The Holberg Laureate LIVE: Expertise, Democracy and the Politics of Trust.
Holberg Laureate Sheila Jasanoff in conversation with Professor Cathrine Holst on the issue of trust in relations between experts and publics.
Phenomena such as climate skepticism and vaccine refusal indicate a loss of trust in relations between experts and publics in modern democracies.
Comparisons of expert decision-making across democratic societies suggest that reliance on particular forms of evidence-making and public reason differ across political cultures. Trust in expertise emerges as a political achievement that cannot be short-circuited by scientific authority alone. The remedy for breakdowns in trust lies in persuading publics that what experts know does indeed support official policies and regulatory actions. This often calls for better politics, not more science.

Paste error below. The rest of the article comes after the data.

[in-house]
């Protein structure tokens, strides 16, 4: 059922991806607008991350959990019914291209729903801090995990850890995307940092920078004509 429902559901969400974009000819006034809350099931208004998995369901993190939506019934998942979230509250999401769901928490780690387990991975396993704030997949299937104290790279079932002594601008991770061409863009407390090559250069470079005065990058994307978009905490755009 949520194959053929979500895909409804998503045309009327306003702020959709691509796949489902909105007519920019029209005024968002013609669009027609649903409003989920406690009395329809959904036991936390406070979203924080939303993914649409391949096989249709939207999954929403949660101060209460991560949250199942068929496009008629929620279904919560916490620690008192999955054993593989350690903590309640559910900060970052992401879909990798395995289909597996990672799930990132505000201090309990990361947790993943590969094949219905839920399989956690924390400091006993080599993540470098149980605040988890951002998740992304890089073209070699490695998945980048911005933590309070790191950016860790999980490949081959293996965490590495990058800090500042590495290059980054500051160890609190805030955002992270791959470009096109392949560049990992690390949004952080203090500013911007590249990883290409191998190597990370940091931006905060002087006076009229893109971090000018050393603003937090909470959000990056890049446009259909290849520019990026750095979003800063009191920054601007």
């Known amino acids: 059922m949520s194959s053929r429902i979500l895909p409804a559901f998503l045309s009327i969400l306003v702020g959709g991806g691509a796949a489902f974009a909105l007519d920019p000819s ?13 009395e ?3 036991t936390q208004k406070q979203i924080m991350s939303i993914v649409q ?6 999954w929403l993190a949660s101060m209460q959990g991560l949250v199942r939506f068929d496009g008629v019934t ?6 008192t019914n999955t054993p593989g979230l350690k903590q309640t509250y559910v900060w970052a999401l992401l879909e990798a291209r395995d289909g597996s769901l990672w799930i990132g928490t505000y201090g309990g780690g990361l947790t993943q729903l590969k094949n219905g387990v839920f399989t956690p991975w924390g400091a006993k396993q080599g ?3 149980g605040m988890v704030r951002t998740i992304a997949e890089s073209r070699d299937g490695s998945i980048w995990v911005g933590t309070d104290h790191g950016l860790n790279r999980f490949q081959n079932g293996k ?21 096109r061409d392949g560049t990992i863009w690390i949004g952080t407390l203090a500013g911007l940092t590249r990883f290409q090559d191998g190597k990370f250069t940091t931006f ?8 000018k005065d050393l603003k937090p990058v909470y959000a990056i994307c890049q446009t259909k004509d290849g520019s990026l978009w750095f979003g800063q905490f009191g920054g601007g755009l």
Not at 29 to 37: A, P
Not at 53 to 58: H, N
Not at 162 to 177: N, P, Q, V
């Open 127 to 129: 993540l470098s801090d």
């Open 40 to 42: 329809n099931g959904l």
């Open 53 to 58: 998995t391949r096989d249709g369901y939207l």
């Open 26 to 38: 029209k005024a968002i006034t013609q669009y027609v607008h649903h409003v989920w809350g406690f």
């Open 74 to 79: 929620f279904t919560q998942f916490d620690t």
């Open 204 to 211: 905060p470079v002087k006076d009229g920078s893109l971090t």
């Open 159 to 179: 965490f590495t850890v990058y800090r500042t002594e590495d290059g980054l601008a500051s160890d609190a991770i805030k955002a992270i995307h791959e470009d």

This event is a part of the Holberg Week, which this year takes place 7—10 June.
Sheila Jasanoff is Pforzheimer Professor of Science and Technology Studies at the Harvard Kennedy School. A pioneer in the social sciences, she explores the role of science and technology in the law, politics, and policy of modern democracies. Jasanoff founded and directs the STS Program at Harvard University. Her books include The Fifth Branch (1990), Science at the Bar (1995), Designs on Nature (2005), The Ethics of Invention (2016), and Can Science Make Sense of Life? (2019).
Cathrine Holst is Professor of Sociology at the University of Oslo. She has chaired several research projects on the role of experts in democracies. In 2020/2021, she chaired a multidisciplinary research group at the Centre for Advanced Study (CAS) in Oslo, as well as the project "What is a good policy? Political morality, feasibility and democracy." In 2022/2033, Holst is a visiting researcher at the Department of History and Philosophy of Science, University of Cambridge.